Volunteers maintain healing garden at Hospice
University trained Master Gardeners assist and educate the community
Community volunteerism is the foundation for University of Nevada Cooperative Extension’s Master Gardener program. Individuals participate in a lengthy training process to become certified Master Gardeners. After training they are required to volunteer a minimum of 50 hours each year on community projects.
Three hundred fifty active Master Gardeners assist and educate the community via community projects throughout the valley. One such volunteer, Joy Mandekic, and project, the Nathan Adelson Hospice Healing Gardens, is a hidden gem.
Built in 2002, Master Gardener Mandekic was involved in the design and planning stages of the Hospice garden area. Water features, designed with water conservation in mind, were included as calming features. Each hospice room opens to a healing garden area.
“You can find family members, patients, staff and volunteers enjoying the space,” said Karen Rubel, vice president for development for Nathan Adelson Hospice. Surrounded by the beauty of the garden, they can peacefully rest, talk and share stories.
“We could never have built this amazing garden without Joy and her team of volunteers,” explained Rubel. “It is priceless!”
Before joining the program as a community volunteer, Mandekic was the Master Gardener Coordinator when the program began at Cooperative Extension over 20 years ago. Since her retirement, she became the Hospice project coordinator.
“The other Master Gardener volunteers and I tend to gardens on the second Tuesday of the month,” explained Mandekic. “During the summer, one of us visits at least once a week.”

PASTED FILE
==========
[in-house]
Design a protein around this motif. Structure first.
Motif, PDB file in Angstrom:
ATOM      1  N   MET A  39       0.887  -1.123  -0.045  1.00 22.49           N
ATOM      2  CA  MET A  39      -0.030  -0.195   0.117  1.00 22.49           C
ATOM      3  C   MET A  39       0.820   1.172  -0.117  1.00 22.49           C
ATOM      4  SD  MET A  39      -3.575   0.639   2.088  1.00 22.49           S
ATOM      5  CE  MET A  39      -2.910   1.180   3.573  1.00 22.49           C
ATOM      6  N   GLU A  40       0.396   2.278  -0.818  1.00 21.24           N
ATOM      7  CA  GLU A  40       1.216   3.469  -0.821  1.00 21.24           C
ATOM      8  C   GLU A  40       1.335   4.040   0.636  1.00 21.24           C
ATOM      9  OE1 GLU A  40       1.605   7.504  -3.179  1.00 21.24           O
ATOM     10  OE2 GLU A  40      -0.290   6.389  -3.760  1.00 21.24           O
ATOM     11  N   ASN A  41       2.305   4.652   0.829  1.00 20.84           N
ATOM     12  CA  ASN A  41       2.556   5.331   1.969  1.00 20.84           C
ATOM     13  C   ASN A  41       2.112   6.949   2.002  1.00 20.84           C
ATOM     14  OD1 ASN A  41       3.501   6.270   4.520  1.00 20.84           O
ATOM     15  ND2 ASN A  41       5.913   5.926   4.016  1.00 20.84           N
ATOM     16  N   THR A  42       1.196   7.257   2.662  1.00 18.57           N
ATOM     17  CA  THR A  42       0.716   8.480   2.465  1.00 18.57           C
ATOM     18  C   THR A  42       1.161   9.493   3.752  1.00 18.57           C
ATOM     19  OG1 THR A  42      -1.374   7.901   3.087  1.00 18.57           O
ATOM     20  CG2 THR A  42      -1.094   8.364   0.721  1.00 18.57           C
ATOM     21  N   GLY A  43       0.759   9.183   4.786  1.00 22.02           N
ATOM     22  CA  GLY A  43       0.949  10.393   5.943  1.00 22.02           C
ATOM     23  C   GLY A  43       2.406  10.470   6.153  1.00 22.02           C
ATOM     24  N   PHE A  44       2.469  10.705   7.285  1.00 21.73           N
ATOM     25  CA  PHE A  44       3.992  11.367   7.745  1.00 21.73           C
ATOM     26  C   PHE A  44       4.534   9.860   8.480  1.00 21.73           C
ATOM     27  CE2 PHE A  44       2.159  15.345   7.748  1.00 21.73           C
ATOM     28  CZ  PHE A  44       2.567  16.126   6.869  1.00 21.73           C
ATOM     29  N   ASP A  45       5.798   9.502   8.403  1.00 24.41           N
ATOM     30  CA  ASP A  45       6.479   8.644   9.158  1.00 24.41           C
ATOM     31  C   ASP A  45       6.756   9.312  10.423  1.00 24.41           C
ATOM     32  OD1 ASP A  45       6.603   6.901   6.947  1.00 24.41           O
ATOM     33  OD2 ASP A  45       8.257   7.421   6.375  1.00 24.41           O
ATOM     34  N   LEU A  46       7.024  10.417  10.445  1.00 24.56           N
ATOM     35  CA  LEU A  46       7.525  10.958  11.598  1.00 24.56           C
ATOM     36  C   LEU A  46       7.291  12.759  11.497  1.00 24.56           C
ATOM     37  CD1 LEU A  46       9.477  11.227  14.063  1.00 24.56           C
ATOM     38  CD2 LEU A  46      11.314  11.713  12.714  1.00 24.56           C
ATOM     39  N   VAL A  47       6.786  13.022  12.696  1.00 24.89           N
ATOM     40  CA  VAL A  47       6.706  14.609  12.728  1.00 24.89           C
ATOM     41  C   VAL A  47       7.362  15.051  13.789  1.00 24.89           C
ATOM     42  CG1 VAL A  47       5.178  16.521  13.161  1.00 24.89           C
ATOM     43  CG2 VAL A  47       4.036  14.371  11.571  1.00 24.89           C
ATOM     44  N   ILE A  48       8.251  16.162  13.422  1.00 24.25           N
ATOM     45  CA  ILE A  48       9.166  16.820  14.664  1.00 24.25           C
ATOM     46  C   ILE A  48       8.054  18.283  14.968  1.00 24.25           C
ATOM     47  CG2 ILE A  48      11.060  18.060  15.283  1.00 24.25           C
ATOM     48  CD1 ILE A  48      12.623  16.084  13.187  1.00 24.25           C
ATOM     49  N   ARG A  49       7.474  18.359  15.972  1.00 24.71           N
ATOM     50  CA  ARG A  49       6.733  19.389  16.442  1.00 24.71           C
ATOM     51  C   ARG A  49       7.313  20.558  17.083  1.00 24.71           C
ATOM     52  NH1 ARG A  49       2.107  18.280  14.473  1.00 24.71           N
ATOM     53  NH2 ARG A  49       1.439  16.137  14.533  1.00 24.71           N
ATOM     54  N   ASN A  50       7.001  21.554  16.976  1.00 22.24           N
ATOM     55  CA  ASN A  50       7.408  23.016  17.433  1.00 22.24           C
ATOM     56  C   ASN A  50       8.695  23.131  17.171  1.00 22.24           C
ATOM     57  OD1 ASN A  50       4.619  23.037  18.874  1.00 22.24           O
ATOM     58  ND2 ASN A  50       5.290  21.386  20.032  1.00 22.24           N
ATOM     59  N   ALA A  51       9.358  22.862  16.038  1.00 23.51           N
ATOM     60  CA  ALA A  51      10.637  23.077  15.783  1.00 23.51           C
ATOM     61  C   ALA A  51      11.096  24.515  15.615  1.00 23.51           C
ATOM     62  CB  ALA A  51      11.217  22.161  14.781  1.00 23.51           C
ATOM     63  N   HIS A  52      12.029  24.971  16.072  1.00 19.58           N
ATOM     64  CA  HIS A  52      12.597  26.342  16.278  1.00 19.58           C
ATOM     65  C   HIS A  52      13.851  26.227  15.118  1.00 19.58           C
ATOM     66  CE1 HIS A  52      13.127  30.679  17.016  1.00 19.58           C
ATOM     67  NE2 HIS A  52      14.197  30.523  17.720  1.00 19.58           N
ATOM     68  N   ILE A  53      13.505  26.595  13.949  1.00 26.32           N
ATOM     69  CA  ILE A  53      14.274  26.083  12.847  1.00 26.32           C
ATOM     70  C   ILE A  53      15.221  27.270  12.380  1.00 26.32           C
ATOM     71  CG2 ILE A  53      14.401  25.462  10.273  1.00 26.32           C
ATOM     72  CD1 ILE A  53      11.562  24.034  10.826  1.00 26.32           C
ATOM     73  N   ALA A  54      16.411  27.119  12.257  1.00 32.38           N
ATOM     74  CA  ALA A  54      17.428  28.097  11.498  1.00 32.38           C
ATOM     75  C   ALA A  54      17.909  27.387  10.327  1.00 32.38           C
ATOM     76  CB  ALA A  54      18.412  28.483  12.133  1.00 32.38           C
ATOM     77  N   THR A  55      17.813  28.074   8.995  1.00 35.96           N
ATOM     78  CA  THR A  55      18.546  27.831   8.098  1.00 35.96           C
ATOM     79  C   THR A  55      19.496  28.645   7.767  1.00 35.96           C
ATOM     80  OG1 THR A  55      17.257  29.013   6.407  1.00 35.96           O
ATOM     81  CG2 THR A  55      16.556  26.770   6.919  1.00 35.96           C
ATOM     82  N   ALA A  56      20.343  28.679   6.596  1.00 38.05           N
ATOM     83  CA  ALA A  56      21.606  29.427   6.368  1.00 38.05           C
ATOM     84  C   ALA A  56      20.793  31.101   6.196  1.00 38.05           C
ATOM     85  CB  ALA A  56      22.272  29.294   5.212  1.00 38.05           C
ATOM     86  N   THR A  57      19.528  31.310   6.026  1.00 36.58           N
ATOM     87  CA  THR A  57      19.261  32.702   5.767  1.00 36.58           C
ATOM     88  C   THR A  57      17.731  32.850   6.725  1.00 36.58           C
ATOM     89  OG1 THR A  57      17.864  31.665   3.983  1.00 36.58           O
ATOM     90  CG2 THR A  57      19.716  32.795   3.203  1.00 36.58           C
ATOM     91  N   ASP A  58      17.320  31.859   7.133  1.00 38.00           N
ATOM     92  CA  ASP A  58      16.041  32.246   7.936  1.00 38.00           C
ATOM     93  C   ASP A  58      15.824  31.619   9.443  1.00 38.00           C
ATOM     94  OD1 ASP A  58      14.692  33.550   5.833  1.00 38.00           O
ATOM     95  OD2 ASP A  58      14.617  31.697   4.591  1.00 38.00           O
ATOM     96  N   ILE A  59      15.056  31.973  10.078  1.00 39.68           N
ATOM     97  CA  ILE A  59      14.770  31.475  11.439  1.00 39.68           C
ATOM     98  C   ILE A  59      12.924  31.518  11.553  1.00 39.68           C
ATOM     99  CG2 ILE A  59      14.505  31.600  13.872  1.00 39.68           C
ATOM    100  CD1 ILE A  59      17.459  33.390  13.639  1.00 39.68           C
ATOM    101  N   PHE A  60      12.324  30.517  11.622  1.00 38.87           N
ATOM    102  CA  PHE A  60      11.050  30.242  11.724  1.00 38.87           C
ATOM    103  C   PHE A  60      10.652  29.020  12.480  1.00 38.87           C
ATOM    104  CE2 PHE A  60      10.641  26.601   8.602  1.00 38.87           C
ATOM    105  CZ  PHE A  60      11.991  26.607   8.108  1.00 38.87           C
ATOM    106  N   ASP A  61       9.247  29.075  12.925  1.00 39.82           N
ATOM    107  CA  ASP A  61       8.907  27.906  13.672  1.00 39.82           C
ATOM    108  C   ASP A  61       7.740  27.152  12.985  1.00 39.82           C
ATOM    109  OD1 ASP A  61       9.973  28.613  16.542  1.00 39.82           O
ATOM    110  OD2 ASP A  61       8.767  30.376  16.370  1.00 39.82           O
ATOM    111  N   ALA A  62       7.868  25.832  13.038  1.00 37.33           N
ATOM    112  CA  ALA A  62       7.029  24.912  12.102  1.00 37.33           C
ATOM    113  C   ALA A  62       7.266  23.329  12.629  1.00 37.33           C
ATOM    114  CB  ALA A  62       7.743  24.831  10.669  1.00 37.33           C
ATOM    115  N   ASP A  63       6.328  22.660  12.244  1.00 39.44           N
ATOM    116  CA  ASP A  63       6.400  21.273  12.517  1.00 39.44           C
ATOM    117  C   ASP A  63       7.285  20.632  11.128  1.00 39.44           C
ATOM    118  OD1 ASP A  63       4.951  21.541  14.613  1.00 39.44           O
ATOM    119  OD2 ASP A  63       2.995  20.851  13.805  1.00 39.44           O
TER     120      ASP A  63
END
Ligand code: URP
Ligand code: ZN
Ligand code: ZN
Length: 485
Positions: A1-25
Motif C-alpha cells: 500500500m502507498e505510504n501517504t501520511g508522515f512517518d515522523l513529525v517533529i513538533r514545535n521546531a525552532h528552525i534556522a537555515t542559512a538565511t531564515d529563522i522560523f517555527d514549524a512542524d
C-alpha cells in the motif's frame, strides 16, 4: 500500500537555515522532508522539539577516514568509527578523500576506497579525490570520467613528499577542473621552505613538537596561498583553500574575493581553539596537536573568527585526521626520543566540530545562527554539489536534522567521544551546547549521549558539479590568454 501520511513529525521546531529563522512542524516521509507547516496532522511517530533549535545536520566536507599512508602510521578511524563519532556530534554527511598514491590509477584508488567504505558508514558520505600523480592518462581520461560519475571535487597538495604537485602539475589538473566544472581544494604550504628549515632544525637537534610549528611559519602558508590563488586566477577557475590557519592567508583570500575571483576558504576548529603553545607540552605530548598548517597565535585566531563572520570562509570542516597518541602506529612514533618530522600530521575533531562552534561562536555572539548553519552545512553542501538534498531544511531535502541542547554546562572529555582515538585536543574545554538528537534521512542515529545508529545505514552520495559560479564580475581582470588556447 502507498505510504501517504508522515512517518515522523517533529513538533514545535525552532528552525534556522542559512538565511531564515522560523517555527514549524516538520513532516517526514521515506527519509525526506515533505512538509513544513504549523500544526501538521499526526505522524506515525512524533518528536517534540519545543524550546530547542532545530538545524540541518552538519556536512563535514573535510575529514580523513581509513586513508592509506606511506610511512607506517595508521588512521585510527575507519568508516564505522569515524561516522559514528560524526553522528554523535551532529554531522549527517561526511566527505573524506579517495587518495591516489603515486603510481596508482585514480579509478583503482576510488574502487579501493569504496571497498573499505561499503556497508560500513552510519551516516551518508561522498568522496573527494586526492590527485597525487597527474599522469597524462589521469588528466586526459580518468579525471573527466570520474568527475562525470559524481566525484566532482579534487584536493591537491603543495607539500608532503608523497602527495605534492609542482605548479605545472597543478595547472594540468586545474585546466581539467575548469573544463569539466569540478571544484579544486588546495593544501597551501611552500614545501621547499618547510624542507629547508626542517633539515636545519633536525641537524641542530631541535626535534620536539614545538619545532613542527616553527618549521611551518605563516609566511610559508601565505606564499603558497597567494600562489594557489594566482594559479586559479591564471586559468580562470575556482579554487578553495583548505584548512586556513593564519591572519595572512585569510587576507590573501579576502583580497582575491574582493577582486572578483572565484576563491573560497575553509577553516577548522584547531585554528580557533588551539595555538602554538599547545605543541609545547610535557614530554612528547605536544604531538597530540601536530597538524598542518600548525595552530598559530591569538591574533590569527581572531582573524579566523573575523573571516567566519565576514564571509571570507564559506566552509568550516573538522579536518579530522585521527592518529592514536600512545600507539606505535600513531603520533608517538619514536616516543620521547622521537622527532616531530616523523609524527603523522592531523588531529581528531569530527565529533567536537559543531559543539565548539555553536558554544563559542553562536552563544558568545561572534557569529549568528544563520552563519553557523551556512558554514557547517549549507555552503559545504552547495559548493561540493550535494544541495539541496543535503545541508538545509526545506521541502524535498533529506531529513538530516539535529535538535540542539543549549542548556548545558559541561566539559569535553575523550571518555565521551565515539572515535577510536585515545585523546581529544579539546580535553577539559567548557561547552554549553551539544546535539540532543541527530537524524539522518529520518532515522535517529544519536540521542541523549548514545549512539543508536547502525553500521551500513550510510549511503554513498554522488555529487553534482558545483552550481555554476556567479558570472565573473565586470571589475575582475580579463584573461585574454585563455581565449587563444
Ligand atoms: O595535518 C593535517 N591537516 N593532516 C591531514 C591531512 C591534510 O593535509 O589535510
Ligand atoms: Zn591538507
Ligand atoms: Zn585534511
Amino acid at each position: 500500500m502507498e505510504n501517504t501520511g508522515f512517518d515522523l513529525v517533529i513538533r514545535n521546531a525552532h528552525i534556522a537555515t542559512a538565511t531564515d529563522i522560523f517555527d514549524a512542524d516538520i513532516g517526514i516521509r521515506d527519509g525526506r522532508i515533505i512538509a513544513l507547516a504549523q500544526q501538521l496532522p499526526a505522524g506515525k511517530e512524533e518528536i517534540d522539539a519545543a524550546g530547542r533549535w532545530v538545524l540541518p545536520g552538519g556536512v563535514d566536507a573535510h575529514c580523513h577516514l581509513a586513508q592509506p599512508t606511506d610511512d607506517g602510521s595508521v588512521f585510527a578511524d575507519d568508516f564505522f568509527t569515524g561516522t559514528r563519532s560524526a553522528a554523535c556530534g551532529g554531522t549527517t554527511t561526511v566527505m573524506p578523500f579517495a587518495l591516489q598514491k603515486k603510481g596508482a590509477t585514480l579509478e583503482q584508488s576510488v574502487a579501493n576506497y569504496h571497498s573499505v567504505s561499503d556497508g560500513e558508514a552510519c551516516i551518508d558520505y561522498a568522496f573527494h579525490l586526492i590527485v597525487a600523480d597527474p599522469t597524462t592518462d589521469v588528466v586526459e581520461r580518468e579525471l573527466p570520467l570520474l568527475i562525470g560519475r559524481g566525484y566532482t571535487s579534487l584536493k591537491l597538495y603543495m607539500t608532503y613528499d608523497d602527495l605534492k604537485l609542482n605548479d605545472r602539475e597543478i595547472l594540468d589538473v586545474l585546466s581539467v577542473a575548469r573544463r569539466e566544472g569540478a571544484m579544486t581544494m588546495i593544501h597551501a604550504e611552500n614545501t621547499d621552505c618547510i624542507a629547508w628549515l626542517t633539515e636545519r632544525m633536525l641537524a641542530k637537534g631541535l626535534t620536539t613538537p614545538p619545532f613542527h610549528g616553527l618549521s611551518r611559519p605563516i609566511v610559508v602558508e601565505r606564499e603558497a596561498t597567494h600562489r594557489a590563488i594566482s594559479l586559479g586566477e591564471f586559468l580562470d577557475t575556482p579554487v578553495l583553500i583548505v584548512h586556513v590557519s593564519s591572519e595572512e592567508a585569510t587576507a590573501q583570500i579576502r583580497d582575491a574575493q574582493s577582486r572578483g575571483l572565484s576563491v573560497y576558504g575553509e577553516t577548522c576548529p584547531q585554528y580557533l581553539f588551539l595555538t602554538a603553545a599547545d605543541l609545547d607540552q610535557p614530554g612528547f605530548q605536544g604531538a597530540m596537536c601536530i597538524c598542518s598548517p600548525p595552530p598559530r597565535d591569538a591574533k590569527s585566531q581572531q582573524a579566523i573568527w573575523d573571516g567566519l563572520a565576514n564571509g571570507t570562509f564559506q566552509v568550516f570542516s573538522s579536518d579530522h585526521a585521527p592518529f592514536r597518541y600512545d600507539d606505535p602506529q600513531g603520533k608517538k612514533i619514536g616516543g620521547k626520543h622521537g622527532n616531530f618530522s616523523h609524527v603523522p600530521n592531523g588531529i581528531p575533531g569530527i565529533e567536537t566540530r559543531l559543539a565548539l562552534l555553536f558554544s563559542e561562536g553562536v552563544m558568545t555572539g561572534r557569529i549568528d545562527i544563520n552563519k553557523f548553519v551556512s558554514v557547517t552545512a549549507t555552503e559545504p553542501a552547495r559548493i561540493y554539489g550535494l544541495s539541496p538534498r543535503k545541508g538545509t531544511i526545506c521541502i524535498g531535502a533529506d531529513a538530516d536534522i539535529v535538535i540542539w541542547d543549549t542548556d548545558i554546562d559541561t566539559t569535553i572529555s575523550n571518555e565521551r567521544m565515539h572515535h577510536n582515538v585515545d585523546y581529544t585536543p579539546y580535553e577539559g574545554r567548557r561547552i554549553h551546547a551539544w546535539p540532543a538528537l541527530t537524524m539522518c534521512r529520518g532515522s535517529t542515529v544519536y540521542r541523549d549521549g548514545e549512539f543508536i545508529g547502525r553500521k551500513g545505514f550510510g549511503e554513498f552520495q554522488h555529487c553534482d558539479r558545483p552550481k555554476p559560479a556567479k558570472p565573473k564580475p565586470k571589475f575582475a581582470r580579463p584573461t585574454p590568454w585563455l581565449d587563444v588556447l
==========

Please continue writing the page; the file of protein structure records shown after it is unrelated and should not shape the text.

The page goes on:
Due to lack of irrigation, and intense, direct sun on most beds, care was given to choosing hardy, desert appropriate plants. Many herbs were selected, and some of them are considered to have healing properties.
“For instance,” stated Mandekic, “we planted mint, lavender, oregano and thyme, rosemary, and rose and pomegranate.” The focus has been on the visual, aromatic, calming characteristics of the plants, not medicinal. Intermingled throughout the garden are turf lily, asparagus fern and lantana; hardy in the toughest garden environments.
“The Hospice employees have thanked us a hundred times over and have mentioned enjoying the strawberries on their breaks,” said Mandekic. We love this feedback and will be planting strawberries again next spring.
The Healing Garden provides the four basic habitat elements needed for wildlife to thrive: food, water, cover, and places to raise young. Meeting these criteria is how this healing garden became a National Wildlife Federation Certified Wildlife Habitat in 2013.
“This was proven in 2014 as a wildlife habitat when the mallards nested in the garden,” added Mandekic, “it was high drama!”
University of Nevada Cooperative Extension is the outreach college of the University of Nevada, Reno. Cooperative Extension designs and delivers community programs to residents of Nevada with other agencies and volunteers. Cooperative Extension learns about the needs of the community and develops programs to meet them. Cooperative Extension teaches classes, holds workshops, sponsors seminars related to those needs and provides online information. Areas of education, training and instruction include Health and Nutrition; Children, Youth and Families; and Water, Horticulture, Economics and Environment.
Nathan Adelson Hospice, the trusted partner in providing hospice care and palliative medicine for more than 35 years, is the largest non-profit hospice in Southern Nevada, caring for an average of 400 hospice and palliative patients daily. In 1978, Nathan Adelson Hospice began providing home care hospice service in Southern Nevada with the mission to offer patients and their loved ones with comprehensive end-of-life care and influence better care for all in the community. In 1983, Nathan Adelson Hospice opened an in-patient hospice in Las Vegas, and today the hospice is recognized as a national model for superior hospice care.